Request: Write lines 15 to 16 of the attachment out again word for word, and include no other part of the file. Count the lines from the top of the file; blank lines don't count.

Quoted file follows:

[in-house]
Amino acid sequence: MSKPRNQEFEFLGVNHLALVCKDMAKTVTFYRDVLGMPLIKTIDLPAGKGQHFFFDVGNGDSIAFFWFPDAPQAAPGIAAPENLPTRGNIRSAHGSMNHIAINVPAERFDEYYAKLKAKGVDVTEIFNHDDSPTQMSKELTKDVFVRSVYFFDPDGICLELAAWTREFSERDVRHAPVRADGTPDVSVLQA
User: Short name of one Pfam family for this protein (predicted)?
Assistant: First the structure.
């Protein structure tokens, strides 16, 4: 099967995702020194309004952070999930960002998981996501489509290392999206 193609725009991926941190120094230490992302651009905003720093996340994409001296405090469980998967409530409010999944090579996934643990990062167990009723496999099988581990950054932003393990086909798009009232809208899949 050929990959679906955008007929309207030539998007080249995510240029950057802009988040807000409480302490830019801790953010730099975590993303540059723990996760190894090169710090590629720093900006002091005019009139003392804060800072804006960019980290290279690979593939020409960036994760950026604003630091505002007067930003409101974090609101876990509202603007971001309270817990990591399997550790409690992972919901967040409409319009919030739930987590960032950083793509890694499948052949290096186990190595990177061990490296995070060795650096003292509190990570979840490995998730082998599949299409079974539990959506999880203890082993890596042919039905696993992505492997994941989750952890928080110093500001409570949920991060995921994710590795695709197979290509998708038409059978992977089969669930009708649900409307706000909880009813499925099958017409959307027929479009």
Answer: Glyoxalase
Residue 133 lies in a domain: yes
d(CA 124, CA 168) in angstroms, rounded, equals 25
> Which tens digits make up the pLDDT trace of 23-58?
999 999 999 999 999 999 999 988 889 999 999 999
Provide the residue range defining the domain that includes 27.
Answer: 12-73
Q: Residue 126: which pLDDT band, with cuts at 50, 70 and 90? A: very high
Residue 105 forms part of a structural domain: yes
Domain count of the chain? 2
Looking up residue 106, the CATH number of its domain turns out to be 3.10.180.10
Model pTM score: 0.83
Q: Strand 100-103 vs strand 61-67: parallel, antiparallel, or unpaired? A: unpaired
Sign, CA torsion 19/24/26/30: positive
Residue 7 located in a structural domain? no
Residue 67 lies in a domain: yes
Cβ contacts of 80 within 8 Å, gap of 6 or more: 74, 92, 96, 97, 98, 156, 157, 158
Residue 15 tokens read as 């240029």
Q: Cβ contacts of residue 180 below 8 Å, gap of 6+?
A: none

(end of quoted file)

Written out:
Domain count of the chain? 2
Looking up residue 106, the CATH number of its domain turns out to be 3.10.180.10